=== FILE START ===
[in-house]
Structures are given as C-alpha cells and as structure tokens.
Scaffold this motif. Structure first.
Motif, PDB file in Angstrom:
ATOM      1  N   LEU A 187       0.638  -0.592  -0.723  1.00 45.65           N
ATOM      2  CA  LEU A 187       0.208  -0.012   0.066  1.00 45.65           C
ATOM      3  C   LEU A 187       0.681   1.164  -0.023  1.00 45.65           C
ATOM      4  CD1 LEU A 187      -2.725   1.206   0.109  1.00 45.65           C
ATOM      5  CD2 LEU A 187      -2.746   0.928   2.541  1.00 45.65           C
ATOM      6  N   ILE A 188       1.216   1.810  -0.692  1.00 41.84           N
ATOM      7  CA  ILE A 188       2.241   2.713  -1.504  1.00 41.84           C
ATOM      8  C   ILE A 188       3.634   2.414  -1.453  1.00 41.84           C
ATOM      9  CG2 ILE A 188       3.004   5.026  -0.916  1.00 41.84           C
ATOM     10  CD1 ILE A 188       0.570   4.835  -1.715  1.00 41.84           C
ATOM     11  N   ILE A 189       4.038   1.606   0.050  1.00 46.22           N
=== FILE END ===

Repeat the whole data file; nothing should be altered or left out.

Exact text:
[in-house]
Structures are given as C-alpha cells and as structure tokens.
Scaffold this motif. Structure first.
Motif, PDB file in Angstrom:
ATOM      1  N   LEU A 187       0.638  -0.592  -0.723  1.00 45.65           N
ATOM      2  CA  LEU A 187       0.208  -0.012   0.066  1.00 45.65           C
ATOM      3  C   LEU A 187       0.681   1.164  -0.023  1.00 45.65           C
ATOM      4  CD1 LEU A 187      -2.725   1.206   0.109  1.00 45.65           C
ATOM      5  CD2 LEU A 187      -2.746   0.928   2.541  1.00 45.65           C
ATOM      6  N   ILE A 188       1.216   1.810  -0.692  1.00 41.84           N
ATOM      7  CA  ILE A 188       2.241   2.713  -1.504  1.00 41.84           C
ATOM      8  C   ILE A 188       3.634   2.414  -1.453  1.00 41.84           C
ATOM      9  CG2 ILE A 188       3.004   5.026  -0.916  1.00 41.84           C
ATOM     10  CD1 ILE A 188       0.570   4.835  -1.715  1.00 41.84           C
ATOM     11  N   ILE A 189       4.038   1.606   0.050  1.00 46.22           N